2 January 2014

Chris Toumazou and Ian White

Chris Toumazou (L) and Ian White (R)

We are delighted to introduce you to the first issue of the 50th Volume of Electronics Letters. To celebrate the journal entering its 50th year of publication, we have created this special section to look back over the last five decades.

On page 3 we hear from former Editors Professor Peter Clarricoats and Sir Eric Ash. Launched in 1965, Electronics Letters was the brain child of Professor Clarricoats who, with the IET (or the IEE - Institution of Electrical Engineers - as it was then), pioneered a rapid publication model for the latest electronics research. Professor Clarricoats became the first Editor and remained at the helm for an immensely successful 40 years alongside Sir Eric who joined him as co-Editor a year later. We were both honoured to be asked to be a part of one of the most significant and highly respected journals coming out of the UK and to support the work of Professor Clarricoats and Sir Eric for several years as Honarary Editors before ourselves becoming co-Editors-in-Chief in 2006. Professor Clarricoats still remains in touch and assists with Electronics Letters as Founding Editor.

On page 4 we are also delighted to present a feature article from Professor Lord (Alec) Broers, former IBM researcher, Professor and later Vice Chancellor of the University of Cambridge, Master of Churchill College, President of the UK Royal Academy of Engineering and Chairman of the Science and Technology Committee of the House of Lords. During his PhD in 1965, Lord Broers rebuilt a scanning electron microscope to write patterns and created the first nanostructures in gold, tungsten and silicon, thereby laying the foundations for the extreme miniaturisation of microelectronic circuits. In the feature article, Lord Broers recalls this time and the excitement around the possibilities of the transistor in the 1960s, and he also looks ahead to the challenges and opportunities facing electronic engineers today.

We also present five papers published in Electronics Letters, one from each decade of publication. These papers represent just some of the topics covered in the journal and include the first announcement of the translinear circuit in 1975 by Barrie Gilbert, and one of the most highly cited papers in Electronics Letters: the first announcement in 1999 of a simplified form of the Bell-Laboratories Layered Space-Time technique - V-BLAST – which went on to be one of the most widely examined techniques in wireless communications research to date.  

Electronics Letters was set up as an international journal right from the start and, although English was the preferred language, submissions were also accepted in Russian, French, German and Italian for several years. 65% of the Letters published in the first issue were from British organisations but as the journal became more established, the number of Letters received and published from other countries grew rapidly. This was further accelerated when, in 1993, Electronics Letters became the first established peer-reviewed journal to be published in parallel online in a form that included full-text and graphics. Now it is a truly recognisable international name with papers received from over 70 different countries each year.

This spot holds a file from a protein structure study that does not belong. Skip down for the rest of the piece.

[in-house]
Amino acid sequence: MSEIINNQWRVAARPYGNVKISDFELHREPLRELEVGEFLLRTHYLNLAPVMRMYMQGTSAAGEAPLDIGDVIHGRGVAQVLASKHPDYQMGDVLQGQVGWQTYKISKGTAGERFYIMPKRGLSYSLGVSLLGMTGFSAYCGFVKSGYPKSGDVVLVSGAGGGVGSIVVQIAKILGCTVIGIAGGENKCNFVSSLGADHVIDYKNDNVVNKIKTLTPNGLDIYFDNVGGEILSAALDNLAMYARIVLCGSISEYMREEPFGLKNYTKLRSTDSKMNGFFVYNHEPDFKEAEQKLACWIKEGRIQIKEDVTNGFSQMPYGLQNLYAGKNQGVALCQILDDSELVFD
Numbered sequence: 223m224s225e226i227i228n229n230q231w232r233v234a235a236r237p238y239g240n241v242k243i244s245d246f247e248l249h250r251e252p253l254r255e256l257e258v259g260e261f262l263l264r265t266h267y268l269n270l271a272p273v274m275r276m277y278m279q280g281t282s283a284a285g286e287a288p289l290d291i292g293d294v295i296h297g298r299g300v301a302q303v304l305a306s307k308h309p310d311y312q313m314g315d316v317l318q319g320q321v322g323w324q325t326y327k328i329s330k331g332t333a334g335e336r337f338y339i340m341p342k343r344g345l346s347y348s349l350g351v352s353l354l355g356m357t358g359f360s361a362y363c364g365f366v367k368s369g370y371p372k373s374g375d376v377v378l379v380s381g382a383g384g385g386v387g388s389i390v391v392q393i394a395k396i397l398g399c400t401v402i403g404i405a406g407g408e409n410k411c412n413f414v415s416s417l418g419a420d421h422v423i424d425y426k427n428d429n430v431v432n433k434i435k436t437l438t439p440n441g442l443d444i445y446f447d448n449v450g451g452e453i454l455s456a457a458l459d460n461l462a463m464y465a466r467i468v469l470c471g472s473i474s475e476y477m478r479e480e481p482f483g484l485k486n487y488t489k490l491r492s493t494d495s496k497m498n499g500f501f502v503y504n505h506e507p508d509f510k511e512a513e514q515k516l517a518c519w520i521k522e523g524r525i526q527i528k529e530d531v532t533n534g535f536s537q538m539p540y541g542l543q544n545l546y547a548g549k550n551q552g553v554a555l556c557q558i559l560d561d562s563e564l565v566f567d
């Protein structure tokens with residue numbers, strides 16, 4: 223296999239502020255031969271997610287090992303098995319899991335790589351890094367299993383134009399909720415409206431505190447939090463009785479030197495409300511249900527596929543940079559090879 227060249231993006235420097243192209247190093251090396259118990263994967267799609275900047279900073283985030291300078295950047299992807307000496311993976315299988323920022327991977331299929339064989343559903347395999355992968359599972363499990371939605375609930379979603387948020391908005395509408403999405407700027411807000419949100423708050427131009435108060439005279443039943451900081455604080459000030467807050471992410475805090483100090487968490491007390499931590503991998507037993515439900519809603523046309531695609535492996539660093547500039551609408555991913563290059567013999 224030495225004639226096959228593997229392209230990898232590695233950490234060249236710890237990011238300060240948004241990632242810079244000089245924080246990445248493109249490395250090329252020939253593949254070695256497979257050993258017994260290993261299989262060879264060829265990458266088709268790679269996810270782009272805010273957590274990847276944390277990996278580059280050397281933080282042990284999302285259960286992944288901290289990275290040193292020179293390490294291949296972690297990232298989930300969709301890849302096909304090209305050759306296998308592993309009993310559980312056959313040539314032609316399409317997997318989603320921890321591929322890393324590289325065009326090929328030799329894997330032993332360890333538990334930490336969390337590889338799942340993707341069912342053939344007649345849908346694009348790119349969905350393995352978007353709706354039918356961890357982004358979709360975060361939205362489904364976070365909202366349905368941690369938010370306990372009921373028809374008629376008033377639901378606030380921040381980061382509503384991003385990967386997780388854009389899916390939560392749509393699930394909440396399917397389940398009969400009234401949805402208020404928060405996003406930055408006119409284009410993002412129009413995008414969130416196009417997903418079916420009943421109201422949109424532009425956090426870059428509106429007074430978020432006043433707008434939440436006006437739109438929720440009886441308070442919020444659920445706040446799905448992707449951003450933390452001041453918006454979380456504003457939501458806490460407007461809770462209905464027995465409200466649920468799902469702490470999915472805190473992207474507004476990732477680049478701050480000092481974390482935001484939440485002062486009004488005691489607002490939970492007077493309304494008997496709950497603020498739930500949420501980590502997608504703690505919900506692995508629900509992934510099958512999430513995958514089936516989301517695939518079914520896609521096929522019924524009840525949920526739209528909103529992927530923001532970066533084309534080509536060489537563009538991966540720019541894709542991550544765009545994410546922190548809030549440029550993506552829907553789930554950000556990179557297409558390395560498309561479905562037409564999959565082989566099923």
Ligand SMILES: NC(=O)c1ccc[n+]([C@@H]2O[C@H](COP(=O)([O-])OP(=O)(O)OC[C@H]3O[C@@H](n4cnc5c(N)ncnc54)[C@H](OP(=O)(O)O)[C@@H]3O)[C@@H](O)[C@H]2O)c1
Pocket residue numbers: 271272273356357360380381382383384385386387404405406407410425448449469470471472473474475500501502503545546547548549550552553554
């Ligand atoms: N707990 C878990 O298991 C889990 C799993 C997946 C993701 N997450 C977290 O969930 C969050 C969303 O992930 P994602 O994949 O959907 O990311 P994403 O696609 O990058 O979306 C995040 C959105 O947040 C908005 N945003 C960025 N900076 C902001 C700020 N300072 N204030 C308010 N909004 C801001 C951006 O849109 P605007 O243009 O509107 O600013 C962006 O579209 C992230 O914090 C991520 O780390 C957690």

Since 1965, over 115,000 papers have been submitted to Electronics Letters, and over 43,000 of these have been published. The topics covered by the journal have evolved with the changes in the field as is evident in the article by Clarricoats and Ash. New categories of research have also appeared in which the application of electrical engineering has benefitted some of the global challenges such as health, energy conversion and sustainability. Electronics Letters has demonstrated that it is well positioned not only to continue to support the rapid communication of many of the core electronic engineering topics upon which it was built, but also to expand and to diversify as new interdisciplinary technologies and directions emerge.

Of course there are many people that have contributed to the success of Electronics Letters over the last five decades. The Editorial team at the IET has worked tirelessly to provide the best possible service to authors and readers. Many tens of thousands of reviewers have given their valuable time to assess and report back on the submissions to ensure that the quality is upheld. And, of course, the authors that, over the years, have expanded the journal with their latest advances in a huge range of ever-evolving and fascinating research topics.

We are proud to be co-Editors-in-Chief of Electronics Letters as it enters its 50th year of publication. The journal continues to build on the solid roots that it was given in its early years, and more recent features such as e-first publication and open access options allow the research published in Electronics Letters to become even more discoverable, even faster. We hope that we will be able to maintain the great respect and reputation that many have worked hard to establish over the last fifty years and that Electronics Letters will continue to be a world leader in rapid, quality publication for many more years to come.

Further reading

A PDF version (new window) of this feature article is also available.

Journal content

Cover of Electronics Letters, Volume 49, Issue 25

View all content

Browse or search all papers in the latest or past issues of Electronics Letters on the IET Digital Library.